After a full three days of action at the 2017 Bob Gibbons Tournament of Champions, I’ve finally had a chance to process all of my notes from the action-packed weekend. What a weekend it was, too. There were a lot of lessons learned from the tournament. Here are my biggest takeaways from the event.
Team ball was alive and well. Florida Elite won a 17U bracket gold title thanks to unselfish play and executing the right play over the flashy play. Several other teams fell into the same category. Not surprisingly, the Atlanta All-Stars shined as a fundamentally strong team that valued balance. Team Knight was the most talented team in the field from top to bottom with college level prospects.
If you’ve read anything from my event notebooks or tweets, you know I’ve been begging to spot shooters. They showed up at the Bob Gibbons Tournament of Champions. Three-pointers were flying at a rapid clip and finding their way to the bottom of the nets. It was a welcomed sight to behold.
Once again, the young kids impressed at the Bob Gibbons Tournament of Champions. That seems to be the case year in and year out. The underclassmen division is a great stage for our team to see who has next in the South. The class of 2019 and 2020 was terrific in the tournament this year. The Georgia Stars and Atlanta Celtics younger teams are stacked (see below). I like the Team Knight younger squads. The Florida program is loaded in the next couple of classes. The Upward Stars 16U group reminds me a lot of their teams they had a couple of years ago - rich with Division I talent. The Showtime Ballers 15U are as big of an underclassmen team you’ll find in the 2020 class. Game Elite’s younger programs have some worthy next-man-up players in the wings. The South is healthy moving forward. That’s a good thing.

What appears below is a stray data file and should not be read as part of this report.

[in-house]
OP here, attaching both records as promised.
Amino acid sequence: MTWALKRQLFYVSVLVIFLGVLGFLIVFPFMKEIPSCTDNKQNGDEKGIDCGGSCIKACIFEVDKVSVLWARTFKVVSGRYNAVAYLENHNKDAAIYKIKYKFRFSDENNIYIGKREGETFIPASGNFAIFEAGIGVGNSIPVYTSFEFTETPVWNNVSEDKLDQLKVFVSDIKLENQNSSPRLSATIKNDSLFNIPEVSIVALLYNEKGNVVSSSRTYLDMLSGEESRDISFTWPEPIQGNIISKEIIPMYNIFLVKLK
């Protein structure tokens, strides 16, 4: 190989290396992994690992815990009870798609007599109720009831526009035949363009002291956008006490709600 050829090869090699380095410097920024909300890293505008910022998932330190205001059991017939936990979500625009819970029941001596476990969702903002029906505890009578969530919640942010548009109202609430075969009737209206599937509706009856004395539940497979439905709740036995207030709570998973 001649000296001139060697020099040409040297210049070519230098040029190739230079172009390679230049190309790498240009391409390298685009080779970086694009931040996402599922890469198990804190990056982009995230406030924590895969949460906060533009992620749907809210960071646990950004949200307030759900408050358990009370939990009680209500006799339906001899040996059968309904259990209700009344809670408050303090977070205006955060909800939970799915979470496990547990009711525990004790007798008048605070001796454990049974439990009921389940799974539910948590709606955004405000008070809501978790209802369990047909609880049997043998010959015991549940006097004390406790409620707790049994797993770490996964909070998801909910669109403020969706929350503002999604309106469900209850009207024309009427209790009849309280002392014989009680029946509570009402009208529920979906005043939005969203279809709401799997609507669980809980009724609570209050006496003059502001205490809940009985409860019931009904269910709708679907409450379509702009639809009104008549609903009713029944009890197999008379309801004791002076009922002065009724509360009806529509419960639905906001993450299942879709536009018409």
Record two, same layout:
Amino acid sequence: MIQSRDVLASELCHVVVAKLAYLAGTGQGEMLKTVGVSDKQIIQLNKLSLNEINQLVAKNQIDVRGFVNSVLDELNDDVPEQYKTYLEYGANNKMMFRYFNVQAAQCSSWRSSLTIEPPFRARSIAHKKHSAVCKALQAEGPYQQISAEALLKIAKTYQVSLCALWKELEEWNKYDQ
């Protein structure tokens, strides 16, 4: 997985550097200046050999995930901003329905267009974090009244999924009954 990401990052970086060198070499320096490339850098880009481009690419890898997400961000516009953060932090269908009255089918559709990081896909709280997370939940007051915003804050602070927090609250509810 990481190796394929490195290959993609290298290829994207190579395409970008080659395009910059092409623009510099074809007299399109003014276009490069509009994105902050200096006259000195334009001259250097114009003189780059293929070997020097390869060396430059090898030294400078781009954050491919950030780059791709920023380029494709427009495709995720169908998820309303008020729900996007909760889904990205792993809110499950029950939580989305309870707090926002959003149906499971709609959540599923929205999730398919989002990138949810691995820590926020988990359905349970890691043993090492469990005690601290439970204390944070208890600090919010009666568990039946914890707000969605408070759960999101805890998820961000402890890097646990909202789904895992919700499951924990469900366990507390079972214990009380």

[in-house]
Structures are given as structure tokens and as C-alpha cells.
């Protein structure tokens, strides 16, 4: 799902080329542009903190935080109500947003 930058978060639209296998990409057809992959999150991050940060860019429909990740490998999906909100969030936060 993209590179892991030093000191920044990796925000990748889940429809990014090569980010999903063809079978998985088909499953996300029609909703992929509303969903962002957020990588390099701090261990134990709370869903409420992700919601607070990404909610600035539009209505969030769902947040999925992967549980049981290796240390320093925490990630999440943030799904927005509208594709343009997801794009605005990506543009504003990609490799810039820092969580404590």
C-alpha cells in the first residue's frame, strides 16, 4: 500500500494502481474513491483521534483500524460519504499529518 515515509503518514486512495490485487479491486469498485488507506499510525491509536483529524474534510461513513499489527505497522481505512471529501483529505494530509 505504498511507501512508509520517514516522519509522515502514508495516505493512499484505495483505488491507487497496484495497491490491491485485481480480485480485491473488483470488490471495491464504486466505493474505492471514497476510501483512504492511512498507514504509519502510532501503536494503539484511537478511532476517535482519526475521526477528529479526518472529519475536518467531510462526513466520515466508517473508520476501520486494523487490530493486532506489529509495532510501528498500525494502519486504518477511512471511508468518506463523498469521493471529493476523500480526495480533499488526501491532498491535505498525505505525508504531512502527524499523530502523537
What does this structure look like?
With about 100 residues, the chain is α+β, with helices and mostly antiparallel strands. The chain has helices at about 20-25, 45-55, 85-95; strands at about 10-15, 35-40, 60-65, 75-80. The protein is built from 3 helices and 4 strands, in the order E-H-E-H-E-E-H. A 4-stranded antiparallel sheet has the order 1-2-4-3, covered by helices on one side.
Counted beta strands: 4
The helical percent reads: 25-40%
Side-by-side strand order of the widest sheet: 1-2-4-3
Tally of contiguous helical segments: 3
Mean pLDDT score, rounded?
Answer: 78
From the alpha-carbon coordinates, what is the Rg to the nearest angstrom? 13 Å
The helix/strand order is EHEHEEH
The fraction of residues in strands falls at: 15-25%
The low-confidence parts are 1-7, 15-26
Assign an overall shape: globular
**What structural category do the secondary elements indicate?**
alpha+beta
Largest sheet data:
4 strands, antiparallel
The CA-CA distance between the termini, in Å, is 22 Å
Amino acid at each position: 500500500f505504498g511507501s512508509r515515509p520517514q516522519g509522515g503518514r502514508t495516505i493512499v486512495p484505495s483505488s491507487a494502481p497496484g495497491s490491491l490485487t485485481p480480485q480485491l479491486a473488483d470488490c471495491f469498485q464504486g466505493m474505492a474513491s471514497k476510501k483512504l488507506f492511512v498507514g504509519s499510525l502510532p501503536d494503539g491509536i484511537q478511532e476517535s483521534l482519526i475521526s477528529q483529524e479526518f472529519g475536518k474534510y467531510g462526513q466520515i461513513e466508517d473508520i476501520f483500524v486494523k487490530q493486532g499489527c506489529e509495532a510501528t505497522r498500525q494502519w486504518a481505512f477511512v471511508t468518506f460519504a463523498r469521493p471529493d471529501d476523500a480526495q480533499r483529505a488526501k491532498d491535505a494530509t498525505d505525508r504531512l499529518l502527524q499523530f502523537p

We see a point guard at our spring events dominate the field and jump start his recruitment for the July evaluation period. It happens every year. This year’s guy is Louisville Magic point guard Andrew Taylor. I liked him in April when he played with Twenty Two Vision in Dallas. I loved him here in Atlanta when he piloted the Magic. Taylor is a big-time NCAA tournament mid-major point guard. He’s a shooter, a great half court guy and someone who keeps getting better and better.
DJ Burns (Georgia Stars 16U/2019) may have been the best big man in the entire event. The Rock Hill, South Carolina native played his best basketball that I’ve seen out of him in the three years of watching him. Burns was brilliant.
I’d love to see Dwon Odom (Atlanta Celtics 15U/2020) play KyKy Tandy (Louisville Magic/2019). The two underclassmen guards displayed the best first steps of anyone in the entire tournament. Both were deadly in their attack to the rim. Both were dominate and unstoppable.
My MVPs from the 16U and 15U groups were Marcus Watson and Brandon Boston, respectively. The Georgia Stars program have some bonafide studs in these two. Watson was absolutely dominant in the 16U division. As one of my trusted high school coaching friends said, “Watson just launches himself to the rim.” That’s the best way to describe his game. He’s part Jaylen Brown and part Dante Scott (former Memphis wing). Boston continues to impress me with his length, decision-making, competitive spirit and overall skill set. He’s quite a talent and guy that just seems to keep getting better and better.
As we start to formulate our 2020 depth chart for the state of Georgia, Atlanta Celtics center Walker Kessler will be high on our list for big men. The Landmark Christian center had a good weekend of work with the Celtics. He’s one of the best post players in the South’s 2020 class and a guy that I look forward to seeing more of moving forward. He’s a high-major prospect.